Education, the Internet, and the World Wide Web

Education, the Internet, and the World Wide Web

John F. Clayton (Waikato Institute of Technology, New Zealand)
Copyright: © 2006 |Pages: 4
DOI: 10.4018/978-1-59140-562-7.ch028
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Abstract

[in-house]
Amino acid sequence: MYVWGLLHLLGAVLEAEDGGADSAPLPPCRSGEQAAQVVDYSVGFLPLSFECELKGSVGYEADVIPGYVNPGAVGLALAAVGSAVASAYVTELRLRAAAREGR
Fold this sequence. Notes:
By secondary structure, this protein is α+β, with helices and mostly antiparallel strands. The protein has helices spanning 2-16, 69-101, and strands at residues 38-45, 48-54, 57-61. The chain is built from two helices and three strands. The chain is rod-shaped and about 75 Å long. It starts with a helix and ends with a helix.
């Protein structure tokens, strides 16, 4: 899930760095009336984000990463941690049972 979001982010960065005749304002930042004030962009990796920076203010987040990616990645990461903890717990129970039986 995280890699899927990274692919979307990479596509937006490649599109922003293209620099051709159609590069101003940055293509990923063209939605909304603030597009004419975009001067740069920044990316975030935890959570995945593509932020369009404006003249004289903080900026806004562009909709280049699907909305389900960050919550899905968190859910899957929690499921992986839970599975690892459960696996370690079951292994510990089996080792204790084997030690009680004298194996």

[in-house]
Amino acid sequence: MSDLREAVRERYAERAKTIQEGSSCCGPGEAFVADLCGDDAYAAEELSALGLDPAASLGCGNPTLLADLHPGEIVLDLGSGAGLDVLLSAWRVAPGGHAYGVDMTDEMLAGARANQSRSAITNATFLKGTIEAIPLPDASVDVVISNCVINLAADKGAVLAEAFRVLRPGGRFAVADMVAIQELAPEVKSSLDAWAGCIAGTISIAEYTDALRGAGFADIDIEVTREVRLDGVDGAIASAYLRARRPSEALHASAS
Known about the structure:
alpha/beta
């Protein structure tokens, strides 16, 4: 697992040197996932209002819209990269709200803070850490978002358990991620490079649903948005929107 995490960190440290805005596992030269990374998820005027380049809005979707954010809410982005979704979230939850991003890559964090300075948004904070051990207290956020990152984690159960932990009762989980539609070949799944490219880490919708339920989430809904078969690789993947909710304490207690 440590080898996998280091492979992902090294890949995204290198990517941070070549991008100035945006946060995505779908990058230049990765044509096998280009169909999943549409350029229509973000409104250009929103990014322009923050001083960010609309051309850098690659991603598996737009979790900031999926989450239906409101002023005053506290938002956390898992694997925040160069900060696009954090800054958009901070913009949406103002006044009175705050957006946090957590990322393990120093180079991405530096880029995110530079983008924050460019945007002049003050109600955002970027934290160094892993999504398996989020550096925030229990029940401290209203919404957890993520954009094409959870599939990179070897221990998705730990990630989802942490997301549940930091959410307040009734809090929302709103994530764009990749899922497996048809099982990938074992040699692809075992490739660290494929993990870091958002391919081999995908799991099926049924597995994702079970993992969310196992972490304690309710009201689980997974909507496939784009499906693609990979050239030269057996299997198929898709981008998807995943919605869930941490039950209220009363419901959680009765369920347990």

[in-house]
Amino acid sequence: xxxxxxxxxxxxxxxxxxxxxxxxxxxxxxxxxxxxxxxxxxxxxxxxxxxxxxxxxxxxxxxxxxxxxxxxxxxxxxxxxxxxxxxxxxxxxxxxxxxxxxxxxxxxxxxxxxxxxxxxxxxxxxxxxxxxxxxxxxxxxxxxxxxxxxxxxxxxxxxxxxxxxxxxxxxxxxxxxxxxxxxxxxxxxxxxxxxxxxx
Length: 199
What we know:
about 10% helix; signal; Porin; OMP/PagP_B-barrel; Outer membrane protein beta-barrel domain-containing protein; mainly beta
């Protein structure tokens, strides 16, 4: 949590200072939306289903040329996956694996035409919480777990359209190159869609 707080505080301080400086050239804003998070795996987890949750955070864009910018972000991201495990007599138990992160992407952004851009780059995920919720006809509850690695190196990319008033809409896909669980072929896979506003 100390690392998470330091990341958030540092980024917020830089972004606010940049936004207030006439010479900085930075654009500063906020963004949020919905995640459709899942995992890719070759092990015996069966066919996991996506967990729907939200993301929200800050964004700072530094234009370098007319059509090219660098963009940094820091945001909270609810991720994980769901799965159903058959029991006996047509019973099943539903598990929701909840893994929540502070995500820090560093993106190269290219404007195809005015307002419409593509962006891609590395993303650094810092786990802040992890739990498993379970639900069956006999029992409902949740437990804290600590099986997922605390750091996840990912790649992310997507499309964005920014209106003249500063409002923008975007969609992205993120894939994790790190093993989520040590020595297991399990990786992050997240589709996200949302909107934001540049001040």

The development of the Internet has a relatively brief and well-documented history (Cerf, 2001; Griffiths, 2001; Leiner et al., 2000; Tyson, 2002). The initial concept was first mooted in the early 1960s. American computer specialists visualized the creation of a globally interconnected set of computers through which everyone quickly could access data and programs from any node, or place, in the world. In the early 1970s, a research project initiated by the United States Department of Defense investigated techniques and technologies to interlink packet networks of various kinds. This was called the Internetting project, and the system of connected networks that emerged from the project was known as the Internet. The initial networks created were purpose-built (i.e., they were intended for and largely restricted to closed specialist communities of research scholars). However, other scholars, other government departments, and the commercial sector realized the system of protocols developed during this research (Transmission Control Protocol [TCP] and Internet Protocol [IP], collectively known as the TCP/IP Protocol Suite) had the potential to revolutionize data and program sharing in all parts of the community. A flurry of activity, beginning with the National Science Foundation (NSF) network NSFNET in 1986, over the last two decades of the 20th century created the Internet as we know it today. In essence, the Internet is a collection of computers joined together with cables and connectors following standard communication protocols.

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